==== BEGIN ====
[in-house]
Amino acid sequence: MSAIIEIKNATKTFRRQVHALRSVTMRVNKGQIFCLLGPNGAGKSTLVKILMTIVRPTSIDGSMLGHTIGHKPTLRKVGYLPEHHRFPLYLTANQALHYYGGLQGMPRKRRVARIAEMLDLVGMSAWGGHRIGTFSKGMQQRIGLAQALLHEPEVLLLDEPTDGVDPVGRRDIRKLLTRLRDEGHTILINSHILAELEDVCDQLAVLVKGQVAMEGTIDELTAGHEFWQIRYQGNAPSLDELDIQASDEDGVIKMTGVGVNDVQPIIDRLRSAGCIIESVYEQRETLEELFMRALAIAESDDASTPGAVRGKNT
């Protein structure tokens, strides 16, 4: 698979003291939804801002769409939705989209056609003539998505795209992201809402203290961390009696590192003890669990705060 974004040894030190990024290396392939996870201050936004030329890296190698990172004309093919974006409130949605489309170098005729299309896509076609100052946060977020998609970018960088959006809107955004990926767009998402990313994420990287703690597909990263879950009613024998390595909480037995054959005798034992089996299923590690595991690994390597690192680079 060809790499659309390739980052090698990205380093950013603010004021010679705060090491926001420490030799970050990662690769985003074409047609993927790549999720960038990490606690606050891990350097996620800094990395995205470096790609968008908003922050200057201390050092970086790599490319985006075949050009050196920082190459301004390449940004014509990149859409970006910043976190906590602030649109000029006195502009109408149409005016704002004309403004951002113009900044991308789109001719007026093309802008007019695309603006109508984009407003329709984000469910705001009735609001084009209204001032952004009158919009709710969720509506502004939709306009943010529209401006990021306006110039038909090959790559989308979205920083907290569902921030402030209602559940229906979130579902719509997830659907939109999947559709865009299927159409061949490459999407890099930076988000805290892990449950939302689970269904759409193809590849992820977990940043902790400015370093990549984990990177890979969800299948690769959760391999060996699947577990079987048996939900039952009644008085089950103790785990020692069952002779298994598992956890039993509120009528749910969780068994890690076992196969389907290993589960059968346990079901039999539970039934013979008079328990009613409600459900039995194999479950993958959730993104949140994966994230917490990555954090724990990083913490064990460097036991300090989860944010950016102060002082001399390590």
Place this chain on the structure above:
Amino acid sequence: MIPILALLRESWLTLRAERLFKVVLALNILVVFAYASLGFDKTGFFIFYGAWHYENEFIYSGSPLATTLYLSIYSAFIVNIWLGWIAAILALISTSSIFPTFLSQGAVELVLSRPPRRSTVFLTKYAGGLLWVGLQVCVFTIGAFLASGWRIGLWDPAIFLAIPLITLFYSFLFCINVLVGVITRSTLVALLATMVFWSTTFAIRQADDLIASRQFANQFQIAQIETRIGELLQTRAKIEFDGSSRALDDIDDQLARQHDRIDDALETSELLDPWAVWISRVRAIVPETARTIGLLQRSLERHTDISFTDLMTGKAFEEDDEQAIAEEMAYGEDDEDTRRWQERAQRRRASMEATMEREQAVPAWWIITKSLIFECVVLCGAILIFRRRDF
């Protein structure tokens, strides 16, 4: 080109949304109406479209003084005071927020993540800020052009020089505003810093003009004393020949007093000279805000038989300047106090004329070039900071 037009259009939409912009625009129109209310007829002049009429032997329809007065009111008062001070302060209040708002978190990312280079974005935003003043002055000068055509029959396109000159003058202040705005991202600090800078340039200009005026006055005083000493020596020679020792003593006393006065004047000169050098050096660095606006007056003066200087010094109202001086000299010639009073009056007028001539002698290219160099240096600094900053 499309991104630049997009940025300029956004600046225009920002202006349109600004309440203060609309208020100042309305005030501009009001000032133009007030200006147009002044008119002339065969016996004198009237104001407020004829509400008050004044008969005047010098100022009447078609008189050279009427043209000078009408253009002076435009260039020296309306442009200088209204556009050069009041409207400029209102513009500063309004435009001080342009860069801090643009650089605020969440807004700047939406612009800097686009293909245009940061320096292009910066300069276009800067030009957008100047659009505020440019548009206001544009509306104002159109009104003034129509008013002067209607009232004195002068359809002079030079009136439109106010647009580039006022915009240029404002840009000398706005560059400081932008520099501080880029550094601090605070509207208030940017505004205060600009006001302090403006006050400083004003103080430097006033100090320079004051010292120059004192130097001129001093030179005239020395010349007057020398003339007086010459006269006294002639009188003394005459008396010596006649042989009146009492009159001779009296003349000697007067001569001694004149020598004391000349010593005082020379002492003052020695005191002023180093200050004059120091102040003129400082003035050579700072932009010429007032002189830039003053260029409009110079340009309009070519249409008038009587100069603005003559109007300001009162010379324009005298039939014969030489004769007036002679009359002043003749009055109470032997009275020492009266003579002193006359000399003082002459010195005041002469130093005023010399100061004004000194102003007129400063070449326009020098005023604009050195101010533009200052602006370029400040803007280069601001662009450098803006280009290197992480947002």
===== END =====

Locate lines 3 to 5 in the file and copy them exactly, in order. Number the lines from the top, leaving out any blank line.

């Protein structure tokens, strides 16, 4: 698979003291939804801002769409939705989209056609003539998505795209992201809402203290961390009696590192003890669990705060 974004040894030190990024290396392939996870201050936004030329890296190698990172004309093919974006409130949605489309170098005729299309896509076609100052946060977020998609970018960088959006809107955004990926767009998402990313994420990287703690597909990263879950009613024998390595909480037995054959005798034992089996299923590690595991690994390597690192680079 060809790499659309390739980052090698990205380093950013603010004021010679705060090491926001420490030799970050990662690769985003074409047609993927790549999720960038990490606690606050891990350097996620800094990395995205470096790609968008908003922050200057201390050092970086790599490319985006075949050009050196920082190459301004390449940004014509990149859409970006910043976190906590602030649109000029006195502009109408149409005016704002004309403004951002113009900044991308789109001719007026093309802008007019695309603006109508984009407003329709984000469910705001009735609001084009209204001032952004009158919009709710969720509506502004939709306009943010529209401006990021306006110039038909090959790559989308979205920083907290569902921030402030209602559940229906979130579902719509997830659907939109999947559709865009299927159409061949490459999407890099930076988000805290892990449950939302689970269904759409193809590849992820977990940043902790400015370093990549984990990177890979969800299948690769959760391999060996699947577990079987048996939900039952009644008085089950103790785990020692069952002779298994598992956890039993509120009528749910969780068994890690076992196969389907290993589960059968346990079901039999539970039934013979008079328990009613409600459900039995194999479950993958959730993104949140994966994230917490990555954090724990990083913490064990460097036991300090989860944010950016102060002082001399390590």
Place this chain on the structure above:
Amino acid sequence: MIPILALLRESWLTLRAERLFKVVLALNILVVFAYASLGFDKTGFFIFYGAWHYENEFIYSGSPLATTLYLSIYSAFIVNIWLGWIAAILALISTSSIFPTFLSQGAVELVLSRPPRRSTVFLTKYAGGLLWVGLQVCVFTIGAFLASGWRIGLWDPAIFLAIPLITLFYSFLFCINVLVGVITRSTLVALLATMVFWSTTFAIRQADDLIASRQFANQFQIAQIETRIGELLQTRAKIEFDGSSRALDDIDDQLARQHDRIDDALETSELLDPWAVWISRVRAIVPETARTIGLLQRSLERHTDISFTDLMTGKAFEEDDEQAIAEEMAYGEDDEDTRRWQERAQRRRASMEATMEREQAVPAWWIITKSLIFECVVLCGAILIFRRRDF